Reduce Color Noise With Photoshop



It’s challenging to reduce the luminance (light and dark) component of noise without compromising image sharpness; often it requires a careful application of specialized software.
However, you can easily reduce the color component of noise using Photoshop.
Here’s how.
1    Duplicate the Background layer and turn the duplicate layer’s blend mode to Color.
2    Blur the layer (Filter: Blur: Gaussian Blur).



Be careful not to use the blur filter too aggressively. If contours exhibit reduced saturation, use a lower filtration
Using this technique, only the color of an image will be blurred, not its luminance; image sharpness will not be compromised. Luminance noise will persist; other methods are required to remove it.
This industrial strength technique is most useful when dealing with serious color noise when a Raw converter’s features can’t go far enough, such as the larger areas of color noise found in some images from Bayer pattern demosaicing.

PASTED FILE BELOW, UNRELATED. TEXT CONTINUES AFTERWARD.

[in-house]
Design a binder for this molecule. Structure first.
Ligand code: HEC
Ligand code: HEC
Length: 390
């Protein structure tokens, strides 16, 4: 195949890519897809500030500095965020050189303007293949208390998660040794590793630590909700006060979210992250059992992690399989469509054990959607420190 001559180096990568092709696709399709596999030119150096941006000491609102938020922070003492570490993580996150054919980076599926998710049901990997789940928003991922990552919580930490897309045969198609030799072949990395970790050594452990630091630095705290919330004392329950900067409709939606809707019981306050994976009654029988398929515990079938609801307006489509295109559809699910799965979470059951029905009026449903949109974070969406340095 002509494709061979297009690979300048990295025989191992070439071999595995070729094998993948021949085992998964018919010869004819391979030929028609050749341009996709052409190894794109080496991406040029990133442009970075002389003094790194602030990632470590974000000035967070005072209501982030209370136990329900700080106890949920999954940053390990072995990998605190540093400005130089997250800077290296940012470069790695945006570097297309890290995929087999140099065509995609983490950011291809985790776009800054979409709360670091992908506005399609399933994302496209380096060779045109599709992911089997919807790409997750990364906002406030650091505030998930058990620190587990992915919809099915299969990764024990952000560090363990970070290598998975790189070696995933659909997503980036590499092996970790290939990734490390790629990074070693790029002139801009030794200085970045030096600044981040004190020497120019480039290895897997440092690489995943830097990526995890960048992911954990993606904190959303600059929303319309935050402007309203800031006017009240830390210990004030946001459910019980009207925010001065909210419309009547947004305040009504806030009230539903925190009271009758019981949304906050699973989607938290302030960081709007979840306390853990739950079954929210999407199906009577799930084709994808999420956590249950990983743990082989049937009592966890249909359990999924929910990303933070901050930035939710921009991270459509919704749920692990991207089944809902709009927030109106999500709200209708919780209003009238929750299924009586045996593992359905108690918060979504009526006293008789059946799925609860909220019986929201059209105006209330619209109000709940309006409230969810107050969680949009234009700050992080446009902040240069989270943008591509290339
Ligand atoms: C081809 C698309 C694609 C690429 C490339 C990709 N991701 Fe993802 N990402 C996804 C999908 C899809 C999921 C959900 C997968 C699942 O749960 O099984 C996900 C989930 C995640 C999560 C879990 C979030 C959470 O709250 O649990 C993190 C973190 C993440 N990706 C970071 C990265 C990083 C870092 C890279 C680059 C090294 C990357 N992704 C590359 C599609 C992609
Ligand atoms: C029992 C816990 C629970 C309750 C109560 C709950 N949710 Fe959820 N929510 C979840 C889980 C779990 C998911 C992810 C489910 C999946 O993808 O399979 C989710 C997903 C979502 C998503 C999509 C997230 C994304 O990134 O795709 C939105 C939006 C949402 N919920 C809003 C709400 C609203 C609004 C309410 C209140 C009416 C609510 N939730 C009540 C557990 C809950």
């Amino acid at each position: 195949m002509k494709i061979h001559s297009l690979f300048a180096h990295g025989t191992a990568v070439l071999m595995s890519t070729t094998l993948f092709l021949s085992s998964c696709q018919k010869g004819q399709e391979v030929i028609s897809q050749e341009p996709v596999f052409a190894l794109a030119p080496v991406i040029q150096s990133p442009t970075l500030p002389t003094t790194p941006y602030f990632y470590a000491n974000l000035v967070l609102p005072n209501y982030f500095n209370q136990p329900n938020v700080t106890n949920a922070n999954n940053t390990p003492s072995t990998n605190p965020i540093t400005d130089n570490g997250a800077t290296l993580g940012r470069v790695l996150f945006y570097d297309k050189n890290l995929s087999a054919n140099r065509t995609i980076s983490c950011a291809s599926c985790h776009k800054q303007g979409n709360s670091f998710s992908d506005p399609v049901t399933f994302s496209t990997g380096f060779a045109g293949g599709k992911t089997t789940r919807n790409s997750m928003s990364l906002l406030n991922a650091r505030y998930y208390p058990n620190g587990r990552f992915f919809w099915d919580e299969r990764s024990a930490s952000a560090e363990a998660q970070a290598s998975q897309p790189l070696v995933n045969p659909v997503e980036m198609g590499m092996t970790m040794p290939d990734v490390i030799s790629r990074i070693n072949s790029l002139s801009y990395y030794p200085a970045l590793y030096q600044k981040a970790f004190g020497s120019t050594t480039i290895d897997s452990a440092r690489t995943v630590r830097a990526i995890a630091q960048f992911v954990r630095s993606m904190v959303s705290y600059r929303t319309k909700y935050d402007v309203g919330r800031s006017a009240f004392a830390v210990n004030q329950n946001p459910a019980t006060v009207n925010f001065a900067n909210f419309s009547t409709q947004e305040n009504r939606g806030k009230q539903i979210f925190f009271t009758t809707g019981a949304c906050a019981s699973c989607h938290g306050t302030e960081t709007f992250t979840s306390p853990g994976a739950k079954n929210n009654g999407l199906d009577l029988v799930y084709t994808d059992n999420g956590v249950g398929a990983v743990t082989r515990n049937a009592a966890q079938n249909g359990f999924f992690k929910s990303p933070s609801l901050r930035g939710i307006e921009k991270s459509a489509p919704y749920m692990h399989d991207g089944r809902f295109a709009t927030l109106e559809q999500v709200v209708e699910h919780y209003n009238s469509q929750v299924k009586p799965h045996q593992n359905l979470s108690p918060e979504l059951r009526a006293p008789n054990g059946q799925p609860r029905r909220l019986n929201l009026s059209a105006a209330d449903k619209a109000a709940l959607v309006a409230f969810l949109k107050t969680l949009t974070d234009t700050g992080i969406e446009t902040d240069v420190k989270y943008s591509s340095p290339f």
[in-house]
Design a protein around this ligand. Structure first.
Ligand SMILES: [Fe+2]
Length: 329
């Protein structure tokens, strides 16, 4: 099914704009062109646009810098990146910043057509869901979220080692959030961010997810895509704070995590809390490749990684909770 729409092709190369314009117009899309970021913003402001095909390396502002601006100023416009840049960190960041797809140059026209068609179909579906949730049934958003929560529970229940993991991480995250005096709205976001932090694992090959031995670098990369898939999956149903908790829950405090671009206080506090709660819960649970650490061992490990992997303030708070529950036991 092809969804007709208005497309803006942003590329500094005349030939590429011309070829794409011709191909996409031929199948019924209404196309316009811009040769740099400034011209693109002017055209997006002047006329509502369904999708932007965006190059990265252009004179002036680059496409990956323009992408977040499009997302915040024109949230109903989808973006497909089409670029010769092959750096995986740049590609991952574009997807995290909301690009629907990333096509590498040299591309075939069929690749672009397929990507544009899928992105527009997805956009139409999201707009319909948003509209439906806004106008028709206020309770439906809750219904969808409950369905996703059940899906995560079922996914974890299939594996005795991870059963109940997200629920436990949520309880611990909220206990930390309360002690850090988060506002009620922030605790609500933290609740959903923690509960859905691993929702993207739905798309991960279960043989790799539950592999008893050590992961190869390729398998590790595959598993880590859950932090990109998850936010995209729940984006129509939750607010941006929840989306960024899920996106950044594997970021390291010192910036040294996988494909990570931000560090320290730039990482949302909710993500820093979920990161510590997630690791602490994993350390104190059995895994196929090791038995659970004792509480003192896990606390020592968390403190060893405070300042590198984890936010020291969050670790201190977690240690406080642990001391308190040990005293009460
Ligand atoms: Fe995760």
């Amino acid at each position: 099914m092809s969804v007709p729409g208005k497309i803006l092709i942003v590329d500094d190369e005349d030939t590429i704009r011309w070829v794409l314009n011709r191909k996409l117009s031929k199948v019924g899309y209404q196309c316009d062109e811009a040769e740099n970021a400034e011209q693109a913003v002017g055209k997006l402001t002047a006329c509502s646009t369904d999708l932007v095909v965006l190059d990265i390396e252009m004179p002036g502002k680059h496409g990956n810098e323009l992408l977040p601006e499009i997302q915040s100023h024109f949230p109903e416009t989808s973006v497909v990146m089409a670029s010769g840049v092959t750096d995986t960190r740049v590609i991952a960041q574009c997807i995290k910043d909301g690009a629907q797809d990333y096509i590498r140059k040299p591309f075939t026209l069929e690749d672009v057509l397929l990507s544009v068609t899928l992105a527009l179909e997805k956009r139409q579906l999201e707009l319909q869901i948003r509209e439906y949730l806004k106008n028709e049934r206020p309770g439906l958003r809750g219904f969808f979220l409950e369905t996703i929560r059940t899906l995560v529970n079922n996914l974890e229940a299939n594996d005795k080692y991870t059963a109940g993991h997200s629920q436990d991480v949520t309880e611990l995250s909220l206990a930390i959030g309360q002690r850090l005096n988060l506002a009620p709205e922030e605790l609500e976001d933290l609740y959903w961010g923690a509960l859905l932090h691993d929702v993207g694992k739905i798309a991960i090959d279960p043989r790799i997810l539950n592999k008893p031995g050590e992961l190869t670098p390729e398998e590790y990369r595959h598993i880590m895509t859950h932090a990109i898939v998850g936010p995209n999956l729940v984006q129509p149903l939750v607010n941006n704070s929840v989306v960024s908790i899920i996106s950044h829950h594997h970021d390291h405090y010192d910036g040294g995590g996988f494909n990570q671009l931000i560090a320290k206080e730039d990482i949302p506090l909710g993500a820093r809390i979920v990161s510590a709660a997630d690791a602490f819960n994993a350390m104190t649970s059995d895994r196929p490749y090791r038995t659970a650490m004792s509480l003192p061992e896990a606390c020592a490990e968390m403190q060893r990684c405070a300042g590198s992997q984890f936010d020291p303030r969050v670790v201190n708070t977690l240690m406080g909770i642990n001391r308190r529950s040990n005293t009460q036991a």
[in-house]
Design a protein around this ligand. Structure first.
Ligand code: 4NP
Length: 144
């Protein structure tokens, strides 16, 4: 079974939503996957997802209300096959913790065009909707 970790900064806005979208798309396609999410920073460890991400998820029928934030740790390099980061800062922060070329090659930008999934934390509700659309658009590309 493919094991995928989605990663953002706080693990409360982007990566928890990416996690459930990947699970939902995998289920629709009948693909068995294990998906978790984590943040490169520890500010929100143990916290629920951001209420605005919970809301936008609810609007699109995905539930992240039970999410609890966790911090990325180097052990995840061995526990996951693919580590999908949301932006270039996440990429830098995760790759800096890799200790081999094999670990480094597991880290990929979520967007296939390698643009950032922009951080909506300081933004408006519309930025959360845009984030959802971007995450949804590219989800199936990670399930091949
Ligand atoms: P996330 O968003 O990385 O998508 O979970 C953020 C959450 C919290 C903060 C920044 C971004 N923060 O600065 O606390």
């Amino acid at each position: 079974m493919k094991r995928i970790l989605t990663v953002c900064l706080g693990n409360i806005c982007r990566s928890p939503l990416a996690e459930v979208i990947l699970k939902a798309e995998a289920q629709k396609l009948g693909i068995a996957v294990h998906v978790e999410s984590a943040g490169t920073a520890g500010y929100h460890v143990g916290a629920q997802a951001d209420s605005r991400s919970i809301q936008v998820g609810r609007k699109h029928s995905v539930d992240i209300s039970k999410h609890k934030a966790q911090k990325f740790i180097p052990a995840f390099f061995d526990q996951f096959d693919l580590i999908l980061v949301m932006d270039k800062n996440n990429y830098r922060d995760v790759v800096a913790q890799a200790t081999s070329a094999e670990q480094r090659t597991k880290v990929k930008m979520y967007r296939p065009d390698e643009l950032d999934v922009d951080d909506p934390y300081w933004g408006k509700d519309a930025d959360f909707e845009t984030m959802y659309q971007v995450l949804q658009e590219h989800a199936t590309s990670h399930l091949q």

Find more online here.
Learn more in my digital printing workshops.

How to Sequence & Design Your Next Book Like a Pro – Mat Thorne

How to Sequence and Design Your Next Book Like a Pro from Blurb Books on Vimeo.

Mat Thorne, pro photographer and design whiz, shares his secrets for great book design. Mat was the Art Director at the prestigious Maine Media Workshops and has designed books for some notable figures in contemporary photography. In this webinar, he walks you through book design and layout essentials and touches upon tips and tricks to help you with every aspect of bookmaking, from workflow to typography to final layout.
Learn more in my online Bookmaking resources.
Learn more in my Publish & Exhibit workshop.